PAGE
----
If a given event handler is invoked within an application transaction, it will not be invoked during playback of the application transaction. For example, if an audit event handler is attached to the Customer table, and an application transaction involving that table causes the event handler to be invoked, the event handler will not be invoked when the application transaction is committed and the actual Customer table is updated.

By default, all event handlers except after table event handlers are translated into the application transaction context. To change this behavior, use the DAE.ShouldTranslate tag. If an event handler is translated, but the operator to be invoked is not, the invocation will essentially occur outside the application transaction [3].

It is important to note in connection with event handlers that recording and playback of the application transaction is occurring at the base table variable level. This means that even though a particular insert may have occurred against a derived table variable within the application transaction, only the effects on the base table variables involved in the derived table variable definition are being recorded. As a result, any event handlers that are attached to derived table variables that were affected during the application transaction will not be invoked during the commit phase.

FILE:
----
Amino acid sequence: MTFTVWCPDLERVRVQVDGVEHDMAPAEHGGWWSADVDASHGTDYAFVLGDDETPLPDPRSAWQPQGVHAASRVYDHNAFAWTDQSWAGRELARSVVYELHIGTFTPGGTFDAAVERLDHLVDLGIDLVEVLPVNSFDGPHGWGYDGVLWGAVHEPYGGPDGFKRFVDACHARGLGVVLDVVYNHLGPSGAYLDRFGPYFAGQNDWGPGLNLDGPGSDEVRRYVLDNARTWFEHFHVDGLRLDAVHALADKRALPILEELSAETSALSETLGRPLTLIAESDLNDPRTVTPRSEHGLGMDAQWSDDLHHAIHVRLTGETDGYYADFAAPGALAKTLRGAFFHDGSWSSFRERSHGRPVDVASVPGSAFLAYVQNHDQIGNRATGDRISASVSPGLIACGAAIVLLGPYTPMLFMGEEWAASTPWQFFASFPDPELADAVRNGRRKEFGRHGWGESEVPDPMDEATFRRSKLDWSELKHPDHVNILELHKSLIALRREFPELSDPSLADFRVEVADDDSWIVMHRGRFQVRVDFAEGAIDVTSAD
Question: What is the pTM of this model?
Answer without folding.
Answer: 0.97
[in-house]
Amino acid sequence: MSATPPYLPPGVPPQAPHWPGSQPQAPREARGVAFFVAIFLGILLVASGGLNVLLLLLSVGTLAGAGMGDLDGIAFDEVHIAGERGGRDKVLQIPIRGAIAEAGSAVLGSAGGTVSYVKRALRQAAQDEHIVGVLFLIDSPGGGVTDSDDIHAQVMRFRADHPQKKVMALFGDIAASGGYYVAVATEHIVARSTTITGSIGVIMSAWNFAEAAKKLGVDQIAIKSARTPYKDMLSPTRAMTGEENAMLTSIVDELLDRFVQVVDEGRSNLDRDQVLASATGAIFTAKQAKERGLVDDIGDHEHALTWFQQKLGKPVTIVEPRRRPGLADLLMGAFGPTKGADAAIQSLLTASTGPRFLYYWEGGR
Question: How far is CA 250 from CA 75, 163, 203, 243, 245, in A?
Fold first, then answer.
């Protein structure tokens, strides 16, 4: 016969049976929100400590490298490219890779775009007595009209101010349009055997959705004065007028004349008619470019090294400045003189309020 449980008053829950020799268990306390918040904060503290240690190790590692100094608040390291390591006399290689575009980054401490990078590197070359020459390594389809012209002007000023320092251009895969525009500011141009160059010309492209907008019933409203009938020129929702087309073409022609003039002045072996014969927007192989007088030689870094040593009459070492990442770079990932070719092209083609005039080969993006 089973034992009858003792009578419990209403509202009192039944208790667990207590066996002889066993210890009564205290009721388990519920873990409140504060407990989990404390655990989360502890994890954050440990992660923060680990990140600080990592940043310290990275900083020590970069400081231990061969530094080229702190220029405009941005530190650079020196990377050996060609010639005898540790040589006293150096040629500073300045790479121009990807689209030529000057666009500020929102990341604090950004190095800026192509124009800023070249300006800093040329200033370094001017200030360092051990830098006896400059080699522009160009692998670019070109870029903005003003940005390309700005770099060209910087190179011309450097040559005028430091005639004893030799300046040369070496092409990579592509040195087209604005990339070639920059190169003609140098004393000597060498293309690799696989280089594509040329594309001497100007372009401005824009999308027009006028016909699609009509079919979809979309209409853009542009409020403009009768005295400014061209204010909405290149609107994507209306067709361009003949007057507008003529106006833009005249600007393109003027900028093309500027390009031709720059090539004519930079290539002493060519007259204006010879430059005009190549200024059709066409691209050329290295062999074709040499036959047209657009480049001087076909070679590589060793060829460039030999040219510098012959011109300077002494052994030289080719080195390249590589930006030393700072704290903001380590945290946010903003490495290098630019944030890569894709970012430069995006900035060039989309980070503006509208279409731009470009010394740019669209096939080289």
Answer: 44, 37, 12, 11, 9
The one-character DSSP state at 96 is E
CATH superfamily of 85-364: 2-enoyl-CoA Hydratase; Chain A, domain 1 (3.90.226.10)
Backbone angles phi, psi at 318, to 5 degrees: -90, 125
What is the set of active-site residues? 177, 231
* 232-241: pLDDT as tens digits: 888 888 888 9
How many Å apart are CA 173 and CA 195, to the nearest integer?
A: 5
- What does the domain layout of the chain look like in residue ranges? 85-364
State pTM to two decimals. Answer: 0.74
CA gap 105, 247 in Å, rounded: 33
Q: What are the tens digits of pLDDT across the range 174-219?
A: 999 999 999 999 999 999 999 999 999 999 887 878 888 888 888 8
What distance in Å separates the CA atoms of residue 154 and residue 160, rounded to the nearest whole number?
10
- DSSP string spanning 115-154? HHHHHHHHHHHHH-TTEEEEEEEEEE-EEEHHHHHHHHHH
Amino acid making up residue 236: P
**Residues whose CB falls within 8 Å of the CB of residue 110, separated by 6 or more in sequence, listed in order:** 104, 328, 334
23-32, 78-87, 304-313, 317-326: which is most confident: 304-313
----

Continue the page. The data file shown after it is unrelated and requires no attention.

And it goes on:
3.3. Enlistment

Enlistment is a Data Access Layer function that involves determining if and when a given Source should participate in an application transaction. This determination follows the master/detail relationships between sources. When a Source begins an application transaction as a result of entering insert or edit state, it is considered an application transaction server. Detail Sources of a Source acting as an application transaction server are considered application transaction clients if they enlist in the application transaction managed by the server.

For a given Source, the application transaction server is determined by following the master/detail relationships to their root Source. By default, a detail Source will enlist only if the intersection of the columns of the master/detail relationship with some key of the master Source is non-empty. In other words, if the detail relationship involves some key of the master Source. This behavior can be changed using the ShouldEnlist property of the detail Source.